Jewish Care scheme to help the elderly get online in battle against ‘exclusion’
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Jewish Care scheme to help the elderly get online in battle against ‘exclusion’

Volunteers to help those over 80 use iPads and social media so the community's elderly aren't 'excluded' from the digital world

A Jewish Care resident learning how to stay connected digitally with Pawel Moczulewski, Manager of the Living Well team

Credit: Blake Ezra Photography
A Jewish Care resident learning how to stay connected digitally with Pawel Moczulewski, Manager of the Living Well team Credit: Blake Ezra Photography

Jewish Care volunteers are preparing to get retirement-age Jews online and e-activated, after a recent report highlighted how many of the nation’s elderly are isolated from the digital world.

The new pilot scheme, beginning on Monday at Jewish Care’s Golders Green campus, will see over-80s who live independently and younger people with disabilities participate in a ten-week iPad course.

The need for some facetime was identified after a recent report by the Office for National Statistics (ONS) revealing that nearly a third of older people have never used a computer leaving them “excluded” from today’s digital world.

“There’s nothing unusual about walking into a room where four or five people are sitting on sofas and bucket chairs, iPads in-hand, watching films on YouTube, playing games and reading jokes or the news online,” said a spokeswoman.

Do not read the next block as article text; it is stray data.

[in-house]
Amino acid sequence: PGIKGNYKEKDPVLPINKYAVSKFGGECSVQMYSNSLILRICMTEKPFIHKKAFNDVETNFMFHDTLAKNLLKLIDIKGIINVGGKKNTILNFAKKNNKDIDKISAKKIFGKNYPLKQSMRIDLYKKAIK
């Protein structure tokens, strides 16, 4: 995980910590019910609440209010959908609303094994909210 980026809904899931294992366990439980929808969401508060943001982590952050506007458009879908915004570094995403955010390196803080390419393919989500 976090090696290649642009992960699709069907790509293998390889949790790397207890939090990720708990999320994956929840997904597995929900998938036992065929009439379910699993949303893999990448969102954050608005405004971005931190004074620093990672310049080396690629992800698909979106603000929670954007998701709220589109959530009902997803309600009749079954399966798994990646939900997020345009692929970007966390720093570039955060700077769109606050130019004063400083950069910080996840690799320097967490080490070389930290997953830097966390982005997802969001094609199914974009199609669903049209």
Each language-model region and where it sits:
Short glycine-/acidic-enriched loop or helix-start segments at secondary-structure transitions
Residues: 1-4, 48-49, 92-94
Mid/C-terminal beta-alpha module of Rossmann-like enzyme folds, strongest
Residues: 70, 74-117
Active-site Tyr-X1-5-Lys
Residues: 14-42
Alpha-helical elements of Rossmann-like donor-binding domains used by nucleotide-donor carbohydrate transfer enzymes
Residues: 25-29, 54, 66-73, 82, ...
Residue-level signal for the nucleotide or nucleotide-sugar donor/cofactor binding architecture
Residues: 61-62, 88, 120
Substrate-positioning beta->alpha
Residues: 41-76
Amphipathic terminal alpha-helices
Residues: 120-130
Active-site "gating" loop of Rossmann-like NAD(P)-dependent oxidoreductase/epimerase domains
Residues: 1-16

“But when you know that their average age is 85 and 10 weeks ago most of them had never even picked up an iPad, it’s easier to understand why there is a real buzz of excitement in the room.”

Jewish Care resident staying connected digitally Credit: Blake Ezra Photography
A Jewish Care resident learning how to stay connected digitally with a volunteer Credit: Blake Ezra Photography

According to the ONS, only 27 percent of older people say they use social media, compared to 96 percent for 16 to 24-year-olds.

In addition, the report states that “the proportion of adults who were recent internet users across all age groups was lower for those that were disabled, compared with those that were not”.

Marietta Adami, resident at Jewish Care's Rela Goldhill at Otto Schiff with a volunteer at Explore
Marietta Adami, resident at Jewish Care’s Rela Goldhill at Otto Schiff with a volunteer at Explore

Only 27 percent of older people say they use social media, compared to 96 percent for 16 to 24-year-olds

Sandi Wassmer, Jewish Care’s digital services development manager, said: “Breaking down the barriers to move people from fearing to embracing technology, from digital exclusion to inclusion is vital to connecting people to the world around them and empowering them as social citizens in the 21st century.”

The ten-week course, which is called Explore and is run from The Maurice and Vivienne Wohl Campus in Golders Green, aims to make participants “actively engaged online, exploring their interests, watching films, reading the news and staying in touch with family across the globe”.

Contact explore@jewishcare.org or 0208 922 2400 to book your place or find out more.

Digital inclusion for older people at Explore: Cynthia Benjamin, 86 with Eirini Dermitzaki, Jewish Care Digital Engagement Lead
Digital inclusion for older people at Explore: Cynthia Benjamin, 86 with Eirini Dermitzaki, Jewish Care Digital Engagement Lead
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